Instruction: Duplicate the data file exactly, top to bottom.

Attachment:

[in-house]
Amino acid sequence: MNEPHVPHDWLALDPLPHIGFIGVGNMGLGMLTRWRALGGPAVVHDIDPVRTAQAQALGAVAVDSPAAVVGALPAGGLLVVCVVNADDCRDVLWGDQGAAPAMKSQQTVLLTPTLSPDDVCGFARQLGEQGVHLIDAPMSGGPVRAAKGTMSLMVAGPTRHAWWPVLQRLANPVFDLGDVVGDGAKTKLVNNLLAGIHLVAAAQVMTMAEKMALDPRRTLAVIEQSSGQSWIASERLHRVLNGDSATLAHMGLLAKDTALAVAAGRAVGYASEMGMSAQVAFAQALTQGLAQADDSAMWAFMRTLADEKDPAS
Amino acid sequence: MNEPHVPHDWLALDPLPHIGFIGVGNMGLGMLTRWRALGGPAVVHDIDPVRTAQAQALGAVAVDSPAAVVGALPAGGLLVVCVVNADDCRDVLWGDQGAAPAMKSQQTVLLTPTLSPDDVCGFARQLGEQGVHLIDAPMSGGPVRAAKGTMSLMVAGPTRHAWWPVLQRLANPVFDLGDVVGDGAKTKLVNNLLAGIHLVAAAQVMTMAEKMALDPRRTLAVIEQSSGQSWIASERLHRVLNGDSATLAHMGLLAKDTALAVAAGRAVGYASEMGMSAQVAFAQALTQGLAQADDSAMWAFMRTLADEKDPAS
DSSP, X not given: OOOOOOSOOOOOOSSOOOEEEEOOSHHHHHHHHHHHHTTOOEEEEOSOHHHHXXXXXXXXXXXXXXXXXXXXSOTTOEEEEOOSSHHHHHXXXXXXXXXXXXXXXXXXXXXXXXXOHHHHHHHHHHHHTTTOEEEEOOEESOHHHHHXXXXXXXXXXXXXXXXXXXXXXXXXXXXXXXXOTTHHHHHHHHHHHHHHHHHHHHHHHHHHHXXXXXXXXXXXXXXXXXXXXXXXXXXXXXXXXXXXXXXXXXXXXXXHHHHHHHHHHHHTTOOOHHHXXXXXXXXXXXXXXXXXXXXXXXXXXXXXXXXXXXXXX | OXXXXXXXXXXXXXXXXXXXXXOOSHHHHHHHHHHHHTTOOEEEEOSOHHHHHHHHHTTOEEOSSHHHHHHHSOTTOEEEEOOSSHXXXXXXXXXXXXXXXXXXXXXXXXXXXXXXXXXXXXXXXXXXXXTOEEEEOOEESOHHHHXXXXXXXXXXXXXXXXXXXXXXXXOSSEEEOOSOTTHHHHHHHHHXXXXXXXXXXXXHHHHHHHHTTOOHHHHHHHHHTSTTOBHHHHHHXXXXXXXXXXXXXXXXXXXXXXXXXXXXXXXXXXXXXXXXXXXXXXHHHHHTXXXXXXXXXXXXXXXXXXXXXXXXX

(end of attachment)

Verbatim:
[in-house]
Amino acid sequence: MNEPHVPHDWLALDPLPHIGFIGVGNMGLGMLTRWRALGGPAVVHDIDPVRTAQAQALGAVAVDSPAAVVGALPAGGLLVVCVVNADDCRDVLWGDQGAAPAMKSQQTVLLTPTLSPDDVCGFARQLGEQGVHLIDAPMSGGPVRAAKGTMSLMVAGPTRHAWWPVLQRLANPVFDLGDVVGDGAKTKLVNNLLAGIHLVAAAQVMTMAEKMALDPRRTLAVIEQSSGQSWIASERLHRVLNGDSATLAHMGLLAKDTALAVAAGRAVGYASEMGMSAQVAFAQALTQGLAQADDSAMWAFMRTLADEKDPAS
Amino acid sequence: MNEPHVPHDWLALDPLPHIGFIGVGNMGLGMLTRWRALGGPAVVHDIDPVRTAQAQALGAVAVDSPAAVVGALPAGGLLVVCVVNADDCRDVLWGDQGAAPAMKSQQTVLLTPTLSPDDVCGFARQLGEQGVHLIDAPMSGGPVRAAKGTMSLMVAGPTRHAWWPVLQRLANPVFDLGDVVGDGAKTKLVNNLLAGIHLVAAAQVMTMAEKMALDPRRTLAVIEQSSGQSWIASERLHRVLNGDSATLAHMGLLAKDTALAVAAGRAVGYASEMGMSAQVAFAQALTQGLAQADDSAMWAFMRTLADEKDPAS
DSSP, X not given: OOOOOOSOOOOOOSSOOOEEEEOOSHHHHHHHHHHHHTTOOEEEEOSOHHHHXXXXXXXXXXXXXXXXXXXXSOTTOEEEEOOSSHHHHHXXXXXXXXXXXXXXXXXXXXXXXXXOHHHHHHHHHHHHTTTOEEEEOOEESOHHHHHXXXXXXXXXXXXXXXXXXXXXXXXXXXXXXXXOTTHHHHHHHHHHHHHHHHHHHHHHHHHHHXXXXXXXXXXXXXXXXXXXXXXXXXXXXXXXXXXXXXXXXXXXXXXHHHHHHHHHHHHTTOOOHHHXXXXXXXXXXXXXXXXXXXXXXXXXXXXXXXXXXXXXX | OXXXXXXXXXXXXXXXXXXXXXOOSHHHHHHHHHHHHTTOOEEEEOSOHHHHHHHHHTTOEEOSSHHHHHHHSOTTOEEEEOOSSHXXXXXXXXXXXXXXXXXXXXXXXXXXXXXXXXXXXXXXXXXXXXTOEEEEOOEESOHHHHXXXXXXXXXXXXXXXXXXXXXXXXOSSEEEOOSOTTHHHHHHHHHXXXXXXXXXXXXHHHHHHHHTTOOHHHHHHHHHTSTTOBHHHHHHXXXXXXXXXXXXXXXXXXXXXXXXXXXXXXXXXXXXXXXXXXXXXXHHHHHTXXXXXXXXXXXXXXXXXXXXXXXXX